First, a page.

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3 Ways You Could Be Putting Your Retirement at Risk Without Realizing It
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3 Ways You Could Be Putting Your Retirement at Risk Without Realizing It

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3 Ways You Could Be Putting Your Retirement at Risk Without Realizing It

Saving for retirement isn't easy, especially when you have a neverending list of other financial responsibilities to take care of.

However, considering that nearly half of baby boomers have no savings at all, according to a survey from the Insured Retirement Institute, it's crucial to start planning for your senior years long before retirement. And these three mistakes could put you at risk of running out of money later in life.

Image source: Getty Images.

1. Not setting a savings goal

It's tough to prepare for retirement when you don't know how much you should be saving. Even if you do have a target in mind, it's important to be sure you've estimated that number as accurately as possible.

Around 46% of workers who have a savings goal say they simply guessed at their retirement needs, according to a survey from the Transamerica Center for Retirement Studies. A savings goal is only useful if it's at least relatively accurate, and although you may not be able to predict exactly how much you'll spend throughout retirement, coming up with an educated guess is a good start.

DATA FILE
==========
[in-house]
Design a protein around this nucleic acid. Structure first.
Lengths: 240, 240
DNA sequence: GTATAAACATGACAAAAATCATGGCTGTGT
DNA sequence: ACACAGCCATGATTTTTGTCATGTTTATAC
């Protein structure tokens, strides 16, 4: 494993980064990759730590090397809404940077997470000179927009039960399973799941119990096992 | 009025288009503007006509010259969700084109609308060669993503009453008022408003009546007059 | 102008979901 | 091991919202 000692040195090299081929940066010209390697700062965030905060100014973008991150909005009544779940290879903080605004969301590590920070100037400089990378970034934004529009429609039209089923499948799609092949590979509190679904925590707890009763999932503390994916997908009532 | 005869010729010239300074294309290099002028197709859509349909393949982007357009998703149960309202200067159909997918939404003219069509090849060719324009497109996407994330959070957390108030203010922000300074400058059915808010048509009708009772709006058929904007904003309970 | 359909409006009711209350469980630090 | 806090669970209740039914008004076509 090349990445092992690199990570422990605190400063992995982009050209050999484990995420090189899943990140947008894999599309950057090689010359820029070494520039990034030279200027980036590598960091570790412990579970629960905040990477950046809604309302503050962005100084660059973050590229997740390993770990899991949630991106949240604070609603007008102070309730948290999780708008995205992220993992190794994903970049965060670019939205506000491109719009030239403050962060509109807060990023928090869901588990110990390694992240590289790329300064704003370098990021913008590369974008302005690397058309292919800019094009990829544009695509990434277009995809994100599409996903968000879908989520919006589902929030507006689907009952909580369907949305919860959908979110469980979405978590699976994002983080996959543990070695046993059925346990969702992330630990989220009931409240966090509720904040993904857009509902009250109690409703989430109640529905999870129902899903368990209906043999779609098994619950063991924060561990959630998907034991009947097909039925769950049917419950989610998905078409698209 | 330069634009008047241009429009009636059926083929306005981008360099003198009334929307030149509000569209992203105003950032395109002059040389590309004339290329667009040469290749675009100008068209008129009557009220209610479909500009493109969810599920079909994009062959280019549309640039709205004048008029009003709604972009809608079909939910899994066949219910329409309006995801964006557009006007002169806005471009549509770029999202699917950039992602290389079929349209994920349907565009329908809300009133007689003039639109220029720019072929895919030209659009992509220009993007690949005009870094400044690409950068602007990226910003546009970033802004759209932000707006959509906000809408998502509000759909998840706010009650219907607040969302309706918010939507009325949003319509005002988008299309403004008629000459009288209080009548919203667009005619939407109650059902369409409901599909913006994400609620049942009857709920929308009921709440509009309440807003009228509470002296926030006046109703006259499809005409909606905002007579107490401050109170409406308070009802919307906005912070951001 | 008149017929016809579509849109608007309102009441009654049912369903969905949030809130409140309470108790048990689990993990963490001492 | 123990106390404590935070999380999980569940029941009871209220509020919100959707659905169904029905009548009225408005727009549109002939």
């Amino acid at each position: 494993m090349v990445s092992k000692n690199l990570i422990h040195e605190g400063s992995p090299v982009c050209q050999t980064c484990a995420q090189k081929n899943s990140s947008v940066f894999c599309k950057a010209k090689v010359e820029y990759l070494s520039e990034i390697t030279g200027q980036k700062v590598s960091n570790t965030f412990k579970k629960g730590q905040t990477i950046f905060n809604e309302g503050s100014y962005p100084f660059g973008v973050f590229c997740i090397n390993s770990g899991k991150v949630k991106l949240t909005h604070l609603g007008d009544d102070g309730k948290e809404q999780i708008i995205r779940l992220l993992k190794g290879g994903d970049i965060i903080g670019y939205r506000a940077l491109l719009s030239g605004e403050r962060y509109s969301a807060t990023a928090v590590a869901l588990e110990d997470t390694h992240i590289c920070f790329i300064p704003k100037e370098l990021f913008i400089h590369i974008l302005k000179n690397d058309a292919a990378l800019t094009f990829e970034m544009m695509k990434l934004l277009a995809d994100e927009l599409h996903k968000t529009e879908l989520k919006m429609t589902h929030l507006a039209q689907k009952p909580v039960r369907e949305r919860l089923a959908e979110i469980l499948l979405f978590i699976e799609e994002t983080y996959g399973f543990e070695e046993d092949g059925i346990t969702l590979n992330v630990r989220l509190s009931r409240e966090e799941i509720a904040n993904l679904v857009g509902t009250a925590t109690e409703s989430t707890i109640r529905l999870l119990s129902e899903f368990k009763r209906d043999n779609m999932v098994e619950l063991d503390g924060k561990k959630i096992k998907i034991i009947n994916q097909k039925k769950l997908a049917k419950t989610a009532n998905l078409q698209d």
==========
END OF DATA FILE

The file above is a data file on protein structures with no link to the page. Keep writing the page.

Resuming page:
To determine a savings goal, run your numbers through a retirement calculator. Be sure to factor in other sources of income too, such as Social Security benefits or a pension, to figure out how much of your income will need to come from your savings.

2. Underestimating general living expenses in retirement

A common rule of thumb is to assume that in retirement, you'll spend around 75% to 85% of what you're currently spending. As you're calculating your savings goal, you might use this estimate to determine how much you'll spend each year.

However, while this guideline may be accurate for some people, it could be significantly less than what you need depending on your lifestyle. You might spend less in retirement than you do now, but you could also spend substantially more -- especially if you plan to travel extensively, pick up expensive new hobbies, or move to a new city with a higher cost of living.

It can be tough to estimate exactly how much you'll spend every year in retirement,but think about how your lifestyle may change. It may also be helpful to create a retirement budget, mapping out all the expenses you can think of in retirement to get a better idea of how your future costs will compare to your current spending levels.

3. Forgetting about inflation

Inflation is a secret expense that can potentially wreck your retirement plans. Your money won't be worth as much in the future as it is now, so even if it seems like you have plenty of savings to last the rest of your life, you may not have as much as you think.

Say, for example, you expect to spend around $50,000 each year in retirement. After 30 years, assuming a 2.5% annual inflation rate, that $50,000 per year in today's dollars will actually be worth nearly $105,000 per year in 2050. In other words, you'll likely find yourself spending more each year just to maintain your lifestyle thanks to inflation.

Many retirement calculators will factor inflation into your spending goal, so it's a good idea to double-check that you're accounting for this cost.

It's never too early to start saving for retirement, but it's important to plan carefully. These three mistakes could throw a wrench in your plans, and by preparing for them now, you'll give yourself a better chance of enjoying a financially secure retirement.

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The Motley Fool has a disclosure policy.

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